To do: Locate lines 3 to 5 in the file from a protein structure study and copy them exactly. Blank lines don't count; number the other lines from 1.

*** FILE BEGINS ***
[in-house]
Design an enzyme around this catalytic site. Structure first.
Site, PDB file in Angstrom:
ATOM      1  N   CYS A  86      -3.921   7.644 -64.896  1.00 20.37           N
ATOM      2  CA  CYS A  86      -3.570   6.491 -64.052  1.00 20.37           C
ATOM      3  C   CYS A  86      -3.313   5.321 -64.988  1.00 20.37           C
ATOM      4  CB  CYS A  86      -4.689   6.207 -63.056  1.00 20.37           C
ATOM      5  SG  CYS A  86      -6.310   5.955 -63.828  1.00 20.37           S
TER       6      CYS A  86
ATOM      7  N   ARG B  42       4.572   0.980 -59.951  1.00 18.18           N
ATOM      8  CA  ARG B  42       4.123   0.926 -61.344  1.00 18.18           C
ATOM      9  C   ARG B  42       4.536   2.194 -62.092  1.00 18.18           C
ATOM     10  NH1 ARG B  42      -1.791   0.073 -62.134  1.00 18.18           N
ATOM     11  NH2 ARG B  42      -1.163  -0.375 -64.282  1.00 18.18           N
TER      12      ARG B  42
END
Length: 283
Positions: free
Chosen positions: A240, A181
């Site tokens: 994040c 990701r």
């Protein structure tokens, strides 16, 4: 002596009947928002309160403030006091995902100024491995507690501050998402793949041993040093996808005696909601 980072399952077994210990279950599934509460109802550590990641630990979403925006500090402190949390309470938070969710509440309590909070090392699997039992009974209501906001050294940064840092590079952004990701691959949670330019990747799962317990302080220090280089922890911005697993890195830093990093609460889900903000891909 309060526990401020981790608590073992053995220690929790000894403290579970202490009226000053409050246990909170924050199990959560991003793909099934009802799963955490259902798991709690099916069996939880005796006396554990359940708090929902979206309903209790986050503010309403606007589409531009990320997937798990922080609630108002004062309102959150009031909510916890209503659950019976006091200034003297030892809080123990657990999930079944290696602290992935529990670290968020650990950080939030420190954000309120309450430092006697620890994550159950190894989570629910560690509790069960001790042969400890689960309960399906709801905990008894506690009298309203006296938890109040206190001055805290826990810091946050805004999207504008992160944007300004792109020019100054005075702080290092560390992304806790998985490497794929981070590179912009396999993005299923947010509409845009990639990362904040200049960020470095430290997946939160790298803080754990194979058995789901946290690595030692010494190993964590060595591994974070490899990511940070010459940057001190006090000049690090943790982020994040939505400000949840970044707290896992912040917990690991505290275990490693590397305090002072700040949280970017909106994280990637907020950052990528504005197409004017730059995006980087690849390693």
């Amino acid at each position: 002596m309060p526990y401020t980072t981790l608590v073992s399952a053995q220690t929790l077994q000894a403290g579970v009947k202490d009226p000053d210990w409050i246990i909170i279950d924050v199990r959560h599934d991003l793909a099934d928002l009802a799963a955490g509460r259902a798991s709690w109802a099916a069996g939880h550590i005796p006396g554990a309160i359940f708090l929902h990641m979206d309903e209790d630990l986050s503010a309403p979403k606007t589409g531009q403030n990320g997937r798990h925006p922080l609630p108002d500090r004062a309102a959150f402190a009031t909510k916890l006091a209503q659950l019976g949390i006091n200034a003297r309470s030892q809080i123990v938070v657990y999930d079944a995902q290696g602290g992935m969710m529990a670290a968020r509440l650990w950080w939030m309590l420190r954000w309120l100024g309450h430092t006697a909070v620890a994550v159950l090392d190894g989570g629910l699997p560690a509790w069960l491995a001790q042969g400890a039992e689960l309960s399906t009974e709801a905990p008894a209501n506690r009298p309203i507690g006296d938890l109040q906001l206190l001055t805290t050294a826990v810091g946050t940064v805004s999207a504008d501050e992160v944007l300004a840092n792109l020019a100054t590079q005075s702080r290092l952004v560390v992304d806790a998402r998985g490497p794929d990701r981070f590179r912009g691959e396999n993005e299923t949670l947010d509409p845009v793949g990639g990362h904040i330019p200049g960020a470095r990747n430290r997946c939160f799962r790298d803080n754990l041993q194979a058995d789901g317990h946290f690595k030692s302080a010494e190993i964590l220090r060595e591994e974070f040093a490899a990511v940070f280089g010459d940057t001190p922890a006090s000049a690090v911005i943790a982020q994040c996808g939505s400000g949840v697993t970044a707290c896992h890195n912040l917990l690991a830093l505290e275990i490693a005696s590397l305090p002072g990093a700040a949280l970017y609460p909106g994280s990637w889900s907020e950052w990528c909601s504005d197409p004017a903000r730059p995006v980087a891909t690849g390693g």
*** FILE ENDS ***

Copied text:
Site, PDB file in Angstrom:
ATOM      1  N   CYS A  86      -3.921   7.644 -64.896  1.00 20.37           N
ATOM      2  CA  CYS A  86      -3.570   6.491 -64.052  1.00 20.37           C